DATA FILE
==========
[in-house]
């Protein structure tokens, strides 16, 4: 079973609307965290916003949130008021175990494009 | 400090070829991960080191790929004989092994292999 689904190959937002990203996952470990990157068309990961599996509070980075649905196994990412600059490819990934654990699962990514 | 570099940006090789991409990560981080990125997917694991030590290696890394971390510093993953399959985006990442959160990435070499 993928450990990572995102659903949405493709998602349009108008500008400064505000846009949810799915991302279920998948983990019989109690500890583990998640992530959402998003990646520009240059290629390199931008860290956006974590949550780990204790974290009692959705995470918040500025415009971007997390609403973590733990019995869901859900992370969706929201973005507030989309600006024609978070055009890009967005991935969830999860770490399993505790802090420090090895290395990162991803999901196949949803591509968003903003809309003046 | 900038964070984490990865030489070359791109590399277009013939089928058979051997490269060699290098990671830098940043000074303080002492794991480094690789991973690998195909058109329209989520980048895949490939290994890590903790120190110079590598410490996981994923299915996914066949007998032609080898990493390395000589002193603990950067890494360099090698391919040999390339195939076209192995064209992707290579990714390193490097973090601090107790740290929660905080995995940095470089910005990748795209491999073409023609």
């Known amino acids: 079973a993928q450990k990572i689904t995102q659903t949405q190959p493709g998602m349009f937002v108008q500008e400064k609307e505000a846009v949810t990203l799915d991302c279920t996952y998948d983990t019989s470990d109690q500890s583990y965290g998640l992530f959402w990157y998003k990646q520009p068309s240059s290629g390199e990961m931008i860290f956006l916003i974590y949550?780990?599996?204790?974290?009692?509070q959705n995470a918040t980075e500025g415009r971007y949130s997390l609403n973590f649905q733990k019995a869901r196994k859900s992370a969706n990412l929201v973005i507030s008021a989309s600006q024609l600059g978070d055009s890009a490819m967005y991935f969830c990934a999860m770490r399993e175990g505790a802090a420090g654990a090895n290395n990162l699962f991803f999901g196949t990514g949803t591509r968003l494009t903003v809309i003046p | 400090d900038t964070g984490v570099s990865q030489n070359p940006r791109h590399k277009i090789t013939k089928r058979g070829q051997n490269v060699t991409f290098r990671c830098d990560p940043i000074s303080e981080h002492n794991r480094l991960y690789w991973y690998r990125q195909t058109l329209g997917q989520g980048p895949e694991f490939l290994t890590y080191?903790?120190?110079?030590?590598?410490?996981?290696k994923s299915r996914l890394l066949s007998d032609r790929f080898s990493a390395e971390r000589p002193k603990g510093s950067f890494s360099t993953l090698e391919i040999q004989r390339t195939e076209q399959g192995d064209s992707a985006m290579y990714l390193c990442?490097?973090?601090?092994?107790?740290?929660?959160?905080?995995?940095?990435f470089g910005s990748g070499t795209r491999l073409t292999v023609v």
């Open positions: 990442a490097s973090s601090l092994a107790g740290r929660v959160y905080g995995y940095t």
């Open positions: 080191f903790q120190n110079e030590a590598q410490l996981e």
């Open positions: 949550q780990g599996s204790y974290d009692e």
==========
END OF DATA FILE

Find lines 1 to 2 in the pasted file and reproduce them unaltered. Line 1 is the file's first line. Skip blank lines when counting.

[in-house]
């Protein structure tokens, strides 16, 4: 079973609307965290916003949130008021175990494009 | 400090070829991960080191790929004989092994292999 689904190959937002990203996952470990990157068309990961599996509070980075649905196994990412600059490819990934654990699962990514 | 570099940006090789991409990560981080990125997917694991030590290696890394971390510093993953399959985006990442959160990435070499 993928450990990572995102659903949405493709998602349009108008500008400064505000846009949810799915991302279920998948983990019989109690500890583990998640992530959402998003990646520009240059290629390199931008860290956006974590949550780990204790974290009692959705995470918040500025415009971007997390609403973590733990019995869901859900992370969706929201973005507030989309600006024609978070055009890009967005991935969830999860770490399993505790802090420090090895290395990162991803999901196949949803591509968003903003809309003046 | 900038964070984490990865030489070359791109590399277009013939089928058979051997490269060699290098990671830098940043000074303080002492794991480094690789991973690998195909058109329209989520980048895949490939290994890590903790120190110079590598410490996981994923299915996914066949007998032609080898990493390395000589002193603990950067890494360099090698391919040999390339195939076209192995064209992707290579990714390193490097973090601090107790740290929660905080995995940095470089910005990748795209491999073409023609």